The Adventures of Unc’ Billy Possum Part 7

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The Adventures of Unc’ Billy Possum is a Webnovel created by Thornton W. Burgess.
This lightnovel is currently completed.

So for almost a week Unc’ Billy lived in Farmer Brown’s hen-house and ate the eggs of Mrs. Speckles and Mrs. Feathertoes and hid in the last nest of the top row in the darkest corner and shivered as he heard Farmer Brown’s boy tell what would happen if he caught the one who was stealing those eggs. Sometimes the door was left open during the day, and Unc’ Billy would peep out and wish that he dared to run. But he didn’t, for Bowser the Hound was always prowling around, and then again he was almost sure to be seen by some one.

At last one day it began to snow. It snowed all day and it snowed all night. Rough Brother North Wind piled it up in great drifts in front of the hen-house door and all along one side of the hen-house. It covered the traps so deep that they couldn’t possibly catch any one.

As soon as the snow stopped falling, Unc’ Billy began to dig his way up to the top from the very hole by which he had entered the hen-house. He didn’t like it, for he doesn’t like snow, but now was his chance to get away, and he meant to make the most of it.

XX

UNC’ BILLY POSSUM WISHES HE HAD SNOWSHOES

Unc’ Billy Possum didn’t know whether he liked the snow more than he hated it or hated it more than he liked it, just now. Usually he dislikes the snow very much, and doesn’t go out in it any more than he has to. But this time the snow had done Unc’ Billy a good turn, a very good turn, indeed. Once out of the hen-house, Unc’ Billy lost no time in starting for the Green Forest. But it was slow, hard work. You see, the snow was newly fallen and very soft. Of course Unc’ Billy sank into it almost up to his middle at every step. He huffed and he puffed and he grunted and groaned. You see Unc’ Billy had slept so much through the winter that he was not at all used to hard work of any kind, and he wasn’t half way to the Green Forest before he was so tired it seemed to him that he could hardly move, and so out of breath that he could only gasp. It was then that he was sure that he hated the snow more than he liked it, even if it had set him free from the hen-house of Farmer Brown.

Now it never does to let one’s wits go to sleep. Some folks call it forgetting, but forgetting is nothing but sleepy wits. And sleepy wits get more people into trouble than anything else in the world. Unc’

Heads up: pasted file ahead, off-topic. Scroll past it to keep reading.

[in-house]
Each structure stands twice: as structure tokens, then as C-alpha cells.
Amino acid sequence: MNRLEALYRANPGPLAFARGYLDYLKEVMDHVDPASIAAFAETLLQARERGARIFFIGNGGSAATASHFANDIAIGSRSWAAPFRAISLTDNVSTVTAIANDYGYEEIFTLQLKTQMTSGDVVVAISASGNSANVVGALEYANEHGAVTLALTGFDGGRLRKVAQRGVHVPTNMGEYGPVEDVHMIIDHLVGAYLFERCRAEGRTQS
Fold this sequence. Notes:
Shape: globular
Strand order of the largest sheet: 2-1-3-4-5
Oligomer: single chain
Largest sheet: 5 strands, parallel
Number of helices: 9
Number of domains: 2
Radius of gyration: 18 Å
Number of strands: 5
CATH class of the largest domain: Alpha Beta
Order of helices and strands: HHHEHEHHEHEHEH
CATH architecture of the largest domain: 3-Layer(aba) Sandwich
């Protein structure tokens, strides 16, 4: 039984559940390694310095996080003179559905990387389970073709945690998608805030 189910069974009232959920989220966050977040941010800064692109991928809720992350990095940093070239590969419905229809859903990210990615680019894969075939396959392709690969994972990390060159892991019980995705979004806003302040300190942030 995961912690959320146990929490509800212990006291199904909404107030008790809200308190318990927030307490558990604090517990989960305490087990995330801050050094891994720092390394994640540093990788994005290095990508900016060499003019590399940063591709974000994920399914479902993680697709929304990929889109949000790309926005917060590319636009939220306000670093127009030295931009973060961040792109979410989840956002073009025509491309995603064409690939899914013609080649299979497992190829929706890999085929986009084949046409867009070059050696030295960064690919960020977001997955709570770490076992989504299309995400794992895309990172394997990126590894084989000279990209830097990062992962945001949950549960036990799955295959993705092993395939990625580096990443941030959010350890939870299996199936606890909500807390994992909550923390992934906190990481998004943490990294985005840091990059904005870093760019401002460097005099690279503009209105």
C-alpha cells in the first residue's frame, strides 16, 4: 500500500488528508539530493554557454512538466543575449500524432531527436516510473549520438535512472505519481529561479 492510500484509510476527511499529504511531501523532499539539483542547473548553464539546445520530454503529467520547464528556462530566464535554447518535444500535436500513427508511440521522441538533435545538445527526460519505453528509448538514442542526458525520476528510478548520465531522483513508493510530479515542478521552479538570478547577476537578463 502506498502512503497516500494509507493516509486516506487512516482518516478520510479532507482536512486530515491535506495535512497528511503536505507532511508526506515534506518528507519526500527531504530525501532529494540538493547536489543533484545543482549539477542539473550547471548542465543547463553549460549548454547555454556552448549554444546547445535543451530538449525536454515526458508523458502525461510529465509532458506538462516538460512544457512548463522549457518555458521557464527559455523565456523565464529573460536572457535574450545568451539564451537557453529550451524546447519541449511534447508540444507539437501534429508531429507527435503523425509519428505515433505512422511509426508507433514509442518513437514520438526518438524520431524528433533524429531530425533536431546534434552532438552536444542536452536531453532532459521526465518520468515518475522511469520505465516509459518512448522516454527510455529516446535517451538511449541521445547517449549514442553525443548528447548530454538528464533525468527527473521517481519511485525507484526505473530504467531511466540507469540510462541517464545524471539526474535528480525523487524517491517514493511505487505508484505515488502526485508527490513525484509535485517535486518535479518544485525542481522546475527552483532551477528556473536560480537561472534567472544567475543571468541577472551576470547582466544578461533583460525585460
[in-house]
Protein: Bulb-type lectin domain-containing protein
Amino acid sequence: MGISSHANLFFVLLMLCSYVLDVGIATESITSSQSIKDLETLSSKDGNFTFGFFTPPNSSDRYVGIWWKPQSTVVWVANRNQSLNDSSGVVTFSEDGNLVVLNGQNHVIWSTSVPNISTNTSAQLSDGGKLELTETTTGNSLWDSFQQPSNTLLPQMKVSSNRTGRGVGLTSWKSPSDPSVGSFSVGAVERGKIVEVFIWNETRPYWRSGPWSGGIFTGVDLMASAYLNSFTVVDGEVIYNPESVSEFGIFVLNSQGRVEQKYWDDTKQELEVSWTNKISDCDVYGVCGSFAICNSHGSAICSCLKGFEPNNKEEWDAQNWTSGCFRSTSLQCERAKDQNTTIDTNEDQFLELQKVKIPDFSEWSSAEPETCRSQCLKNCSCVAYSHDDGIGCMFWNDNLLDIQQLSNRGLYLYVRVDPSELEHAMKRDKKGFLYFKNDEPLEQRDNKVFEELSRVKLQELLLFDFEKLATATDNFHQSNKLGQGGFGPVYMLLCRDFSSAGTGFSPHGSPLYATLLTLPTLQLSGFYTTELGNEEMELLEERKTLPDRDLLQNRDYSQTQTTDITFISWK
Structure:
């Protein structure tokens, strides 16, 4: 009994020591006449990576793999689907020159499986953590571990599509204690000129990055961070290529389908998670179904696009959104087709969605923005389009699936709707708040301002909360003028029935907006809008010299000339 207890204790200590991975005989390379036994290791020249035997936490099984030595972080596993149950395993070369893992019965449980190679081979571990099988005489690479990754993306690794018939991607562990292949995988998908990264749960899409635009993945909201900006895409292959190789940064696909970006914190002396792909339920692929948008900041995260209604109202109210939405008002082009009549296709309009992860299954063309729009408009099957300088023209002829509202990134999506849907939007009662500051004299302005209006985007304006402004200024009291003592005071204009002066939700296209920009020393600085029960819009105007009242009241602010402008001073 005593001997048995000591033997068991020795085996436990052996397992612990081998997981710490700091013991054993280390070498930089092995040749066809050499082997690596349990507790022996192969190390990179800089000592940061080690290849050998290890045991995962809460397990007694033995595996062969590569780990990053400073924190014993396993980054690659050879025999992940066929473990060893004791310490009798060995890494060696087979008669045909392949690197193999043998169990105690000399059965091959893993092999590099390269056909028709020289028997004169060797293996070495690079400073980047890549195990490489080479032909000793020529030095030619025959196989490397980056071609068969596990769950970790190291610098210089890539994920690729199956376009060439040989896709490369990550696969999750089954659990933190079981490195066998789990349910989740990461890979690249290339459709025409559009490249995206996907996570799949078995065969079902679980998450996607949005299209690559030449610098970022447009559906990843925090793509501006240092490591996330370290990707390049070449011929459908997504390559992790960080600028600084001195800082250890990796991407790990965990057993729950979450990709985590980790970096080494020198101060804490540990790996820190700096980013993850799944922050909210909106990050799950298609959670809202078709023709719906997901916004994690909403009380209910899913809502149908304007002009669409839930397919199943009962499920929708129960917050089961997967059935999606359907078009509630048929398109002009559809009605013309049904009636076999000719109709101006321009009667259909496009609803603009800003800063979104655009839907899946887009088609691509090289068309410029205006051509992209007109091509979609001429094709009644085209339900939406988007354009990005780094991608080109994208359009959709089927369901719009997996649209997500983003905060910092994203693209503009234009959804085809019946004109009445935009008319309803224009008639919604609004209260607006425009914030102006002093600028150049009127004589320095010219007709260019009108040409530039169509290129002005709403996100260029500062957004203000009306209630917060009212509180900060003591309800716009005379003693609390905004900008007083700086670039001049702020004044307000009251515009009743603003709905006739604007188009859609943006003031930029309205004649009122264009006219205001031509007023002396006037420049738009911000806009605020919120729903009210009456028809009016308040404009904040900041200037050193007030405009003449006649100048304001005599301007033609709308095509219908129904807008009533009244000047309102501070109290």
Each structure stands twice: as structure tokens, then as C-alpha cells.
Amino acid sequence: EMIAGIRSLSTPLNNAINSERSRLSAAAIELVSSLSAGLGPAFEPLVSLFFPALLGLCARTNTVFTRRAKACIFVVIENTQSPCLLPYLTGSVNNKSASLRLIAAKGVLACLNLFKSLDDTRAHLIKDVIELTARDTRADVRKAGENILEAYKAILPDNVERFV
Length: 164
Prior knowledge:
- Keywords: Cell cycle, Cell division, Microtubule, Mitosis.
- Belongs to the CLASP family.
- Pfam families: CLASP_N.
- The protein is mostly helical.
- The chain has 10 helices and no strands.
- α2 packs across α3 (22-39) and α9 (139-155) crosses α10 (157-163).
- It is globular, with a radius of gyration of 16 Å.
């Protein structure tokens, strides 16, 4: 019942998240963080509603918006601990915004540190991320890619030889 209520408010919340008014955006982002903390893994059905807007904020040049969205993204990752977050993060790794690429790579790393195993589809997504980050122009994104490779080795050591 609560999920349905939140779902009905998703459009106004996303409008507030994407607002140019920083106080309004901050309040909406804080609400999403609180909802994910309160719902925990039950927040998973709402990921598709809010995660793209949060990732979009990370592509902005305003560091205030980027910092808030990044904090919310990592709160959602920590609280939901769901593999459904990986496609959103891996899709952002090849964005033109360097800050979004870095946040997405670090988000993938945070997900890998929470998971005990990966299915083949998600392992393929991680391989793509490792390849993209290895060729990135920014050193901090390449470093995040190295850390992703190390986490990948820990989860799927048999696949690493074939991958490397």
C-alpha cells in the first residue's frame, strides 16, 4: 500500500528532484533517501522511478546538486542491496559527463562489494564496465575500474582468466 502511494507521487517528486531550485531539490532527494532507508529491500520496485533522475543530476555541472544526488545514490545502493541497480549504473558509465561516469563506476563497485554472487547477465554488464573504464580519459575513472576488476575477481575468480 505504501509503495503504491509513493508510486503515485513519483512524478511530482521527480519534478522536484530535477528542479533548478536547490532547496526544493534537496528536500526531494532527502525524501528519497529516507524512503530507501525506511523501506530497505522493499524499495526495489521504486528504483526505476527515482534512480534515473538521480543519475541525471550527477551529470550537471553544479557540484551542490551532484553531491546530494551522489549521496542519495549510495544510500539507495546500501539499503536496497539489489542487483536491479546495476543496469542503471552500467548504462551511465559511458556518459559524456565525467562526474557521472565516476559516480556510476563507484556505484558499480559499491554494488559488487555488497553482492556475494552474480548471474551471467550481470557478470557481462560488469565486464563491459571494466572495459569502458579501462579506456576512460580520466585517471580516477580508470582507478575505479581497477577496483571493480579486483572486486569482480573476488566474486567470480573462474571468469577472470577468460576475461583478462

Billy Possum’s wits were asleep when he left Farmer Brown’s hen-house.

If they hadn’t been, he would have remembered this little saying:

The wits that live within my head Must never, never go to sleep, For if they should I might forget And Trouble on me swiftly leap.

But Unc’ Billy’s wits certainly were asleep. He was so tickled over the idea that he could get out of the hen-house, that he couldn’t think of anything else, and so he forgot. Yes, Sir, Unc’ Billy forgot!

What did he forget? Why, he forgot that that nice, soft snow, which so kindly buried the dreadful traps so that they could do no harm, couldn’t be waded through without leaving tracks. Unc’ Billy forgot all about that, until he was half way to the Green Forest, and then, as he sat down to rest and get his breath, he remembered.

[Ill.u.s.tration: There all the way from Farmer Brown’s hen-house was a broad trail in the smooth white snow.]

Unc’ Billy looked behind him, and he turned pale. Yes, Sir, Unc’ Billy Possum turned pale! There, all the way from Farmer Brown’s hen-house, was a broad trail in the smooth white snow, where he had plowed his way through. If Farmer Brown’s boy should come out to look at his traps, he would see that track at once, and all he would have to do would be to follow it until it led him to Unc’ Billy.

“Oh, dear! Oh, dear! Whatever did Ah leave the hen-house for?” wailed Unc’ Billy.

His wits were all wide awake now. It wouldn’t do to go back. Farmer Brown’s boy would see that he had gone back, and then he would hunt that hen-house through until he found Unc’ Billy. No, there was nothing to do but to go on, and trust that Farmer Brown’s boy was so snowed in and would be kept so busy shovelling out paths, that he would forget all about looking at his traps. Unc’ Billy drew a long breath and began to wade ahead toward the Green Forest.

“If Ah only had snowshoes!” he panted. “If Ah only had snowshoes like Mrs. Grouse.”

XXI

FARMER BROWN’S BOY CHOPS DOWN A TREE

“There was an old Possum lived up in a tree; Hi, ho, see the chips fly!

The sliest old thief that you ever did see; Hi, ho, see the chips fly!

He ate and he ate in the dark of the night, And when the day came not an egg was in sight, But now that I know where he’s making his bed, I’ll do without eggs and will eat him instead!

Hi, ho, see the chips fly!”

Farmer Brown’s boy sang as he swung his keen axe, and the chips did fly. They flew out on the white snow in all directions. And the louder Farmer Brown’s boy sang, the faster the chips flew. Farmer Brown’s boy had come to the Green Forest bright and early that morning, and he had made up his mind that he would take home a fat Possum for dinner.